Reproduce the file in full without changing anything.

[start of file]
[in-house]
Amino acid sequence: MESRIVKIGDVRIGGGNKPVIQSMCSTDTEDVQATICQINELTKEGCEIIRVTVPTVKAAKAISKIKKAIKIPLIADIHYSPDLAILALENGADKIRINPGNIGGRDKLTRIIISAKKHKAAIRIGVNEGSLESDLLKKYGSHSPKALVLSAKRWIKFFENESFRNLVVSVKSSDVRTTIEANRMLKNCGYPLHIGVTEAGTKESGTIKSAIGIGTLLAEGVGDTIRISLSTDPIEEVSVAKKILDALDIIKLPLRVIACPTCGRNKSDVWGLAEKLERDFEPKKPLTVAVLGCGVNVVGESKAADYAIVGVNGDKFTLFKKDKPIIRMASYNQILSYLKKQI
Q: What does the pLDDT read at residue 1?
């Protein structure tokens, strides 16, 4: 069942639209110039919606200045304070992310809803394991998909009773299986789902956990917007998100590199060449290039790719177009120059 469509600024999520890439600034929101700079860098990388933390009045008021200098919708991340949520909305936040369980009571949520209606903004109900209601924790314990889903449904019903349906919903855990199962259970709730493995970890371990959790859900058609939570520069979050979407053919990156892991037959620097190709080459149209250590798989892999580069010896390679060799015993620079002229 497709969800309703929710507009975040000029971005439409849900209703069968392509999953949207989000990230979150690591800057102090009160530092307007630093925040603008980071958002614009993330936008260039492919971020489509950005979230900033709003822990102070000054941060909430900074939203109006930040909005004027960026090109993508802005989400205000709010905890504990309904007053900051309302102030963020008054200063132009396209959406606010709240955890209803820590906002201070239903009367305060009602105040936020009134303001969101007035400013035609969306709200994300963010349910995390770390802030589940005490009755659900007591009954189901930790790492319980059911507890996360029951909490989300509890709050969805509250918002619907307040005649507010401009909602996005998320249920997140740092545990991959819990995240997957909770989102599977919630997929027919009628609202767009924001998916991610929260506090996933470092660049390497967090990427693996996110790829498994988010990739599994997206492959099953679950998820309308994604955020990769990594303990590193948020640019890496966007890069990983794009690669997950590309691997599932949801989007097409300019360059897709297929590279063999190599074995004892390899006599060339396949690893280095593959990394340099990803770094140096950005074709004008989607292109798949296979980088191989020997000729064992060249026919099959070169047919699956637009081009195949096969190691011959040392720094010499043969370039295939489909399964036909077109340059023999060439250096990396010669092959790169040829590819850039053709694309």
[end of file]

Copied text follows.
[in-house]
Amino acid sequence: MESRIVKIGDVRIGGGNKPVIQSMCSTDTEDVQATICQINELTKEGCEIIRVTVPTVKAAKAISKIKKAIKIPLIADIHYSPDLAILALENGADKIRINPGNIGGRDKLTRIIISAKKHKAAIRIGVNEGSLESDLLKKYGSHSPKALVLSAKRWIKFFENESFRNLVVSVKSSDVRTTIEANRMLKNCGYPLHIGVTEAGTKESGTIKSAIGIGTLLAEGVGDTIRISLSTDPIEEVSVAKKILDALDIIKLPLRVIACPTCGRNKSDVWGLAEKLERDFEPKKPLTVAVLGCGVNVVGESKAADYAIVGVNGDKFTLFKKDKPIIRMASYNQILSYLKKQI
Q: What does the pLDDT read at residue 1?
């Protein structure tokens, strides 16, 4: 069942639209110039919606200045304070992310809803394991998909009773299986789902956990917007998100590199060449290039790719177009120059 469509600024999520890439600034929101700079860098990388933390009045008021200098919708991340949520909305936040369980009571949520209606903004109900209601924790314990889903449904019903349906919903855990199962259970709730493995970890371990959790859900058609939570520069979050979407053919990156892991037959620097190709080459149209250590798989892999580069010896390679060799015993620079002229 497709969800309703929710507009975040000029971005439409849900209703069968392509999953949207989000990230979150690591800057102090009160530092307007630093925040603008980071958002614009993330936008260039492919971020489509950005979230900033709003822990102070000054941060909430900074939203109006930040909005004027960026090109993508802005989400205000709010905890504990309904007053900051309302102030963020008054200063132009396209959406606010709240955890209803820590906002201070239903009367305060009602105040936020009134303001969101007035400013035609969306709200994300963010349910995390770390802030589940005490009755659900007591009954189901930790790492319980059911507890996360029951909490989300509890709050969805509250918002619907307040005649507010401009909602996005998320249920997140740092545990991959819990995240997957909770989102599977919630997929027919009628609202767009924001998916991610929260506090996933470092660049390497967090990427693996996110790829498994988010990739599994997206492959099953679950998820309308994604955020990769990594303990590193948020640019890496966007890069990983794009690669997950590309691997599932949801989007097409300019360059897709297929590279063999190599074995004892390899006599060339396949690893280095593959990394340099990803770094140096950005074709004008989607292109798949296979980088191989020997000729064992060249026919099959070169047919699956637009081009195949096969190691011959040392720094010499043969370039295939489909399964036909077109340059023999060439250096990396010669092959790169040829590819850039053709694309």